Details of Vermeer's Painting Technique

Girl with a Red Hat, Johannes Vermeer
Girl with a Red Hat
Johannes Vermeer
c. 1665–1667
Oil on panel, 23.2 x 18.1 cm.
National Gallery of Art, Washington, D.C.

Painting with the Brush Handle

The Girl with a Red Hat occupies a unique place in the Vermeer's oeuvre. It is one of the only two works on a wood panel and it is extraordinarily original in both conception and execution.

Under the surface we now observe lies a male portrait by an unknown artist (although there is no reason why it should not be by Vermeer's hand) which can be seen in and x-ray image of the work. Just why Vermeer used such an unusual support has long been questioned. The answer might be a very simple: the artist wished to realize as rapidly as possible the seductive image which had grasped his imagination and had no time for the long a laborious chore or preparing a new panel from scratch. The harder and less absorbent surface of the painted panel accentuates flowing brushwork seen in the background and blue wrap but at the same time permits a very fine degree of detail in the rendering of the face.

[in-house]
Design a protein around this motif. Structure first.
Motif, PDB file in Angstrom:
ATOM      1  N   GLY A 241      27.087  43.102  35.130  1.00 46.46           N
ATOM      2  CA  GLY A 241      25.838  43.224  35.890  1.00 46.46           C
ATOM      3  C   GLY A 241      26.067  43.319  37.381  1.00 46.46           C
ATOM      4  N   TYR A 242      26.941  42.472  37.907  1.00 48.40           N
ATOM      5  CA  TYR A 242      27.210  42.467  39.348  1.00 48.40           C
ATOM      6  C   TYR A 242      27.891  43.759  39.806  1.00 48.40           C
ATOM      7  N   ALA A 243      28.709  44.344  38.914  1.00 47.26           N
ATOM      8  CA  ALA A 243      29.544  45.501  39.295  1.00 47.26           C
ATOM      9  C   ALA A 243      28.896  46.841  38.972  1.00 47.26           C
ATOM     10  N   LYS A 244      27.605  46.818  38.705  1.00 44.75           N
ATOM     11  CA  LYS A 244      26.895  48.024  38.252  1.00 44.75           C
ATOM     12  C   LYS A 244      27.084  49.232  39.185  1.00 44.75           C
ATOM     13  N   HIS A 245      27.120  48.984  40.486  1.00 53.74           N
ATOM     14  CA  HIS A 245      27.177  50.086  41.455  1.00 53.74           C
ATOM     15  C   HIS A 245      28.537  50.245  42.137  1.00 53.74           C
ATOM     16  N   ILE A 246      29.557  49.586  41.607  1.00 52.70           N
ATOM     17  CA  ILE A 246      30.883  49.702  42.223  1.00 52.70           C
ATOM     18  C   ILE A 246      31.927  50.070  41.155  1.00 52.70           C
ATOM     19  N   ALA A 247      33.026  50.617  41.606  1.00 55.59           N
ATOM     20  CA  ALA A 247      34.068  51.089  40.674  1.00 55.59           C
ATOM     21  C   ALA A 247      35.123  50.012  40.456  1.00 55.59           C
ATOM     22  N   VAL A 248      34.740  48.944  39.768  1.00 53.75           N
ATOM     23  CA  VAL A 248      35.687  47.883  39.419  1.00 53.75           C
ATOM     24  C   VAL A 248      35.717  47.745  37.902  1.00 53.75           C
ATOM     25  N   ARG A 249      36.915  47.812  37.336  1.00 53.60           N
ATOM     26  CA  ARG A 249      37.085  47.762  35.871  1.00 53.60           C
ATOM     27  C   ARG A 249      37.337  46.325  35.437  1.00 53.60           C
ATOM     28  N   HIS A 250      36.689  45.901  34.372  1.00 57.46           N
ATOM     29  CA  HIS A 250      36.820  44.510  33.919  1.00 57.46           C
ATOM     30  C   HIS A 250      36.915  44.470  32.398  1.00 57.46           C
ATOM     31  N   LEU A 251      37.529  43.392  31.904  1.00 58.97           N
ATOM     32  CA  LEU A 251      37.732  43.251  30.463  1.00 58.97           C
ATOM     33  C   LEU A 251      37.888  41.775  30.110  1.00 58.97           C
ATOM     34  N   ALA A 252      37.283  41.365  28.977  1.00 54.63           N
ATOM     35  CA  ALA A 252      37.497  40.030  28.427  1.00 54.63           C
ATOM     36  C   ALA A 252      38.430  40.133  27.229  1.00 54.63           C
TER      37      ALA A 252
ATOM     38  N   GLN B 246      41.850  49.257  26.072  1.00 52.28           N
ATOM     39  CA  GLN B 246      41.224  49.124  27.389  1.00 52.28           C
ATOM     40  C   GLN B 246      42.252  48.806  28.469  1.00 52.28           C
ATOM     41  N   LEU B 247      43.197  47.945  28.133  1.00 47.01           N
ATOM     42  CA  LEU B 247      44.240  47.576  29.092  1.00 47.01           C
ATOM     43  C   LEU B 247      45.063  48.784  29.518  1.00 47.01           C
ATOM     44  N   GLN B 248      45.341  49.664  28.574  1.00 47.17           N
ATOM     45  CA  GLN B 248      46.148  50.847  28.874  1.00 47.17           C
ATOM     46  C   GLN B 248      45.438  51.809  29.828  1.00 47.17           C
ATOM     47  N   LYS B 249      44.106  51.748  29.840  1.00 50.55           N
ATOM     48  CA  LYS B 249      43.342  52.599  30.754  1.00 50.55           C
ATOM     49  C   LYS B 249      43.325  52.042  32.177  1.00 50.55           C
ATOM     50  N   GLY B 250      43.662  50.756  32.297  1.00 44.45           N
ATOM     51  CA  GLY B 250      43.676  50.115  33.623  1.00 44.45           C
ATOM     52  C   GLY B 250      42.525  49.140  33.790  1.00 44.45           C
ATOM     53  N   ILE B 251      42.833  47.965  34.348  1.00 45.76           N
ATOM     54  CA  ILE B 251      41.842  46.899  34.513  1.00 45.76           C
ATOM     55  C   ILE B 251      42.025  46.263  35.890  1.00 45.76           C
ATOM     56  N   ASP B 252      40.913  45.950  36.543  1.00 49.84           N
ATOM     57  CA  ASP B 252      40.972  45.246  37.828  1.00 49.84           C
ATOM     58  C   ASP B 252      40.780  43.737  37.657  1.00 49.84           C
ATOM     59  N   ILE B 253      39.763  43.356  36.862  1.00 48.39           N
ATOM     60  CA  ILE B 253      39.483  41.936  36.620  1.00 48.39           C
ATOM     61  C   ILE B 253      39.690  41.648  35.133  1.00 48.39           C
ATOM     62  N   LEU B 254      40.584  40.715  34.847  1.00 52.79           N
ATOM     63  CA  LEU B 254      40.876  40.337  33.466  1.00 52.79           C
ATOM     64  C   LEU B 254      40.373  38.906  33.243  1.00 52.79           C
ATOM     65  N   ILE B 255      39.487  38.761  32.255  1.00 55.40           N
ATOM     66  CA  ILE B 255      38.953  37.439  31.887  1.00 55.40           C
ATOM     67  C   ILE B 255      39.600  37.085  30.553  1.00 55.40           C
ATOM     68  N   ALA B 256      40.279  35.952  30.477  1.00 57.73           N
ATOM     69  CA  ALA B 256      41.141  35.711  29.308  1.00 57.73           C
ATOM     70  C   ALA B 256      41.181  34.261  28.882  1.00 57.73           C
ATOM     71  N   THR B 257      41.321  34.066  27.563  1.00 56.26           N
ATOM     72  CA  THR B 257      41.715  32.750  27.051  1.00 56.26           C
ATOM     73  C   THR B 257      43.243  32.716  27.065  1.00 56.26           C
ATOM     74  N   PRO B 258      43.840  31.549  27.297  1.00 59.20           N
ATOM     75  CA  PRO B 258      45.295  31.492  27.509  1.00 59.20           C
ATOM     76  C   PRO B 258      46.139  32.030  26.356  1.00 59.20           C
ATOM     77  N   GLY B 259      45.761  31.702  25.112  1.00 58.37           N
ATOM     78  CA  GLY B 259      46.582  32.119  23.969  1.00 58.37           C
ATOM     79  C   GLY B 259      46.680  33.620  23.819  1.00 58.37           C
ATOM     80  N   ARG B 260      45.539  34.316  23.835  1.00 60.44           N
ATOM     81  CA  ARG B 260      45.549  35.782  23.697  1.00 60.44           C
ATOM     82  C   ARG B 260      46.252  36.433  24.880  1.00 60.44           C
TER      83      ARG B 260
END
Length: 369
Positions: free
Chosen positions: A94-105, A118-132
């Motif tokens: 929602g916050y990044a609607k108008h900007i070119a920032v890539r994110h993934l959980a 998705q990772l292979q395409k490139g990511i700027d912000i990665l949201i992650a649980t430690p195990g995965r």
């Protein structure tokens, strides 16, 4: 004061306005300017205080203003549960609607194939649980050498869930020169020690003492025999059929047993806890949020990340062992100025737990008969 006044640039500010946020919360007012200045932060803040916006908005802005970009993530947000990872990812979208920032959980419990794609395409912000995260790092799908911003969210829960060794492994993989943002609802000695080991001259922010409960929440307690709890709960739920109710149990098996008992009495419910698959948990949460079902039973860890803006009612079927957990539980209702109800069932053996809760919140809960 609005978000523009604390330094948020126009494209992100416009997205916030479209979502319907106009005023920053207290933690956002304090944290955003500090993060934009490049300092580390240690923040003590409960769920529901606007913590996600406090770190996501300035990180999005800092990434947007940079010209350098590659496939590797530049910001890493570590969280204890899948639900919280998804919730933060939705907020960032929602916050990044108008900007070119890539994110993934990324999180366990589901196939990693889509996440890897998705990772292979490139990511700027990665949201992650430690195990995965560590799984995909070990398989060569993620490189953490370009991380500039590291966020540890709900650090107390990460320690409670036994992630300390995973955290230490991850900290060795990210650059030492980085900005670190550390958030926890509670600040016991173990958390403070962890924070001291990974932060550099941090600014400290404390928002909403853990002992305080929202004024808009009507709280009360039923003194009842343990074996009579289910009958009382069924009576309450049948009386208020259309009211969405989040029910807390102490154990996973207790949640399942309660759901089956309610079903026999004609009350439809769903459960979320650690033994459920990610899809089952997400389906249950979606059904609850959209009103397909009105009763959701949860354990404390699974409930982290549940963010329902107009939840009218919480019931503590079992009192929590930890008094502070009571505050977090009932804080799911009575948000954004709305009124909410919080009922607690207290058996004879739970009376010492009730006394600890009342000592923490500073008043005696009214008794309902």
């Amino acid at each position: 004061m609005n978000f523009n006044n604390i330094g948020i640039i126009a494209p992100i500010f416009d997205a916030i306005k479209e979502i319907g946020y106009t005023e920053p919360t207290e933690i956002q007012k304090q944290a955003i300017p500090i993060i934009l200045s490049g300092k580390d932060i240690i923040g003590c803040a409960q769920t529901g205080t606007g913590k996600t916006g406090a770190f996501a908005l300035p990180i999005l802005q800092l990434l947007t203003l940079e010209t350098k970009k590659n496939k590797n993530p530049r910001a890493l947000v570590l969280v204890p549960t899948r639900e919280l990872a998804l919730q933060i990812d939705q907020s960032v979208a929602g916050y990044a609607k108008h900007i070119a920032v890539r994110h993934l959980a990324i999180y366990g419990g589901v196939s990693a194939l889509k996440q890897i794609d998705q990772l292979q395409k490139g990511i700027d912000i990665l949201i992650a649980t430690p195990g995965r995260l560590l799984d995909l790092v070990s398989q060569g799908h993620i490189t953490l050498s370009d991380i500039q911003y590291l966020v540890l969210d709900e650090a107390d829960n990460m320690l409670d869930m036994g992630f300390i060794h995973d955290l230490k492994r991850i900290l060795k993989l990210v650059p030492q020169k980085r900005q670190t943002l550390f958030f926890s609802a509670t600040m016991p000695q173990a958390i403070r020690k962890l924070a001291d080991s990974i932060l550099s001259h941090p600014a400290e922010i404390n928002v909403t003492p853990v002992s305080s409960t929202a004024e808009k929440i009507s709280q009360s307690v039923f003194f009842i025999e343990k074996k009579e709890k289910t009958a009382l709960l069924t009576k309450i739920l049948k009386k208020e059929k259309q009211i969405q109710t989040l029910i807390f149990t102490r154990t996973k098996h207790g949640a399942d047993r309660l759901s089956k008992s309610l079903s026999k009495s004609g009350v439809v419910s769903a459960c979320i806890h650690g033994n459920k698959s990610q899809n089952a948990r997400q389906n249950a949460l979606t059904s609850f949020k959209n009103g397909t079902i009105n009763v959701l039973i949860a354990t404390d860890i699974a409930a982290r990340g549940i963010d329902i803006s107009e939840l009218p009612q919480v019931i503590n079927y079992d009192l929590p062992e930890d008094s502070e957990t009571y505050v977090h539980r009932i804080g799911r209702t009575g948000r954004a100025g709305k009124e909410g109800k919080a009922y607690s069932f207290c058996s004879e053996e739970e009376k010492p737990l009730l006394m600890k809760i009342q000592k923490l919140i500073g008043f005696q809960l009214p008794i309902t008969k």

Upon close examination, the paint handling of the Girl with a Red Hat is unusually audacious, but it is at the same time astoundingly efficient in describing the light, space and textural effects of the motif. Vermeer's technical confidence had reached such a level that, in order to render the shadows of the cravat, he simply removed the wet white paint with the tip of his brush handle exposing the brown ground beneath rather than applying the proper gray shade of paint to the panel.